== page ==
Timothy C. Hain, MD Palatal Myoclonus main page Page last modified: August 2, 2014
|Case ID #||Cause||Onset Age/Gender||Nystagmus type(s)|
|9263||Unknown||68/M||Vertical pendular, downbeating|
|7676||Pontine AVM||72/F||Horizontal pendular|
|5511||Unknown (atrial fib)||60's/M||Torsional pendular|
|6792||Unknown (atrial fib)||76/M||Torsional pendular|
|2617||Brainstem hemmorage||60's/M||Vertical pendular|
|9129||Brainstem hemmorage||27/M||Vertical pendular, horizontal jerk|
|1198||CNS degeneration||66/M||Vertical pendular, Rebound|
|2808||CP angle meningioma||49/F||None|
|5506||Brainstem vascular malformation||68/M||Pendular|
Links: palatal myoclonus page movie of ocular nystagmus movie of palate (case 9263) movie of palate (case 1198)
Case 7676: A 72 year old woman first came to medical attention when she developed inward turning of her left eye. An MRI scan was obtained which documented a vascular malformation in her pons. An operation was attempted, following which she developed near complete paralysis of horizontal eye movements. Balance was poor and one eye began to "bob". On an examination done one year later, there was a constant pendular (sinusoidal) nystagmus of one eye, severe unsteadiness, and a one cycle/second up and downward movement of the soft palate (palatal myoclonus), accompanied by contractions of muscles in the throat. The combination of the "bobbing" ocular nystagmus and palatal myoclonus, defines a case of OPM. The cause is presumably related to interruption of the central tegmental tract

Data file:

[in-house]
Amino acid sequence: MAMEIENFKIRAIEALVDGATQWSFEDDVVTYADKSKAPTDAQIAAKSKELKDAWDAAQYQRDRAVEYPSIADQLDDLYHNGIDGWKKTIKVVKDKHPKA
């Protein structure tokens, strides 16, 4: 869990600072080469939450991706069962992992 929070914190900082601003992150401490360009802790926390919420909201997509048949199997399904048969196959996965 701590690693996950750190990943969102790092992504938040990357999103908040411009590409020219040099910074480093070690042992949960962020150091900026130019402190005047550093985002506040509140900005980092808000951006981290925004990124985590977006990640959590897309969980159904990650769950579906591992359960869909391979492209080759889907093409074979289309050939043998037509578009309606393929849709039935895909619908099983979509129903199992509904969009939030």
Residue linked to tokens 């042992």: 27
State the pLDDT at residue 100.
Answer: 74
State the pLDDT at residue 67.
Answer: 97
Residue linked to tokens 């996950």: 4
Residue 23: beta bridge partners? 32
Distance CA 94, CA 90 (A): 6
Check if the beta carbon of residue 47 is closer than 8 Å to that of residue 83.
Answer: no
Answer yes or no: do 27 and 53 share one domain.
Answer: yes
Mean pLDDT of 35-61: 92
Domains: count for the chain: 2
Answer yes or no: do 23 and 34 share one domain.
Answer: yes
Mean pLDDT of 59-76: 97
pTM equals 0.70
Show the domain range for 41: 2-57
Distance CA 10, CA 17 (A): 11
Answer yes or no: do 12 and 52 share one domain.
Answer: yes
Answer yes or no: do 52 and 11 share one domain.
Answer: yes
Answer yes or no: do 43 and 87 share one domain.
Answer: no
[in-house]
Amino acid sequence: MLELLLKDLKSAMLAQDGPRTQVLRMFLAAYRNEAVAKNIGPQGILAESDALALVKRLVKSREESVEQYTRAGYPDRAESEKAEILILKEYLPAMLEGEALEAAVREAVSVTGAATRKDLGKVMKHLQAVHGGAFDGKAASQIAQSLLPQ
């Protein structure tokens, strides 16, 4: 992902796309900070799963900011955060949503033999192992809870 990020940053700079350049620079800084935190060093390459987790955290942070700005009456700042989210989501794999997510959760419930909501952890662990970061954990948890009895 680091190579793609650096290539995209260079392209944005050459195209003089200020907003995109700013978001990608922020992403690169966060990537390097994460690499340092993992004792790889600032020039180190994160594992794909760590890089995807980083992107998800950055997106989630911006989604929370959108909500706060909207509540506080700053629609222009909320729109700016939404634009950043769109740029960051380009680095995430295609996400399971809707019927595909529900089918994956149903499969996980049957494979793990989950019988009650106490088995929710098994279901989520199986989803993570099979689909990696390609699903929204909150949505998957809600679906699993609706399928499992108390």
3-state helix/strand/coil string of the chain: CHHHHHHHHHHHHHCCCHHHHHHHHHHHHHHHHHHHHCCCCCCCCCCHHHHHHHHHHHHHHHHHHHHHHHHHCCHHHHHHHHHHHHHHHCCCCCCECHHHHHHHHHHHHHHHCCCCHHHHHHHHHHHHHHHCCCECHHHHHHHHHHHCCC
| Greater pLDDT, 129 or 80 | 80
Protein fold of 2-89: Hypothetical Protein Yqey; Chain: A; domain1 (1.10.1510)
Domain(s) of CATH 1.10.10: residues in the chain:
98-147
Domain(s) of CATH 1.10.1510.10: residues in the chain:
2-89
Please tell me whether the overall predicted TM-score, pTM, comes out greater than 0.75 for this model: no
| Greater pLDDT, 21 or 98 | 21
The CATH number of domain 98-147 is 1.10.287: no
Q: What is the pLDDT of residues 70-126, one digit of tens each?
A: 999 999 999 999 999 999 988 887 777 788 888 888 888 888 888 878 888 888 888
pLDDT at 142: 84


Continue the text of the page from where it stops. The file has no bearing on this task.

Case 5511. A man in his 60's began to develop disturbance of his speech. His health was otherwise good, except for atrial fibrillation. Neurological examination documented palatal myoclonus. Over several years, he gradually developed imbalance, and a subtle torsional pendular nystagmus was eventually documented. MRI scanning, intially read as normal, documented hypertrophy of both inferior olivary nuclei on review by a neuroradiologist familar with OPM. One of his cardiac medications was stopped because of concern that it might be the cause of his PM. His PM and nystagmus disappeared several years after his cardiac antiarrythmic was stopped.
Case 6792. A man in his 70's presented for an evaluation of ataxia. His health was also affected by atrial fibrillation and a monoclonal gammopathy, neither of which were seriously disturbing to him. He was taking amiodarone for his atrial fibrillation. Examination documented a torsional pendular nystagmus and palatal myoclonus.
Case 2808. A woman had a large CP angle menigioma removed via a transmastoid approach. Post-operatively she was deaf on the side of the tumor and had facial weakness. Two to three weeks later palatal myoclonus ensued. Multiple MRI scans showed no superior olivary hypertrophy. No nystagmus was observed using very sensitive recording methods. Comment: The mechanism of PM in this patient seems unlikely to be related to a lesion in the Guillain Mollaret triangle as MRI shows no lesion or olivary hypertrophy.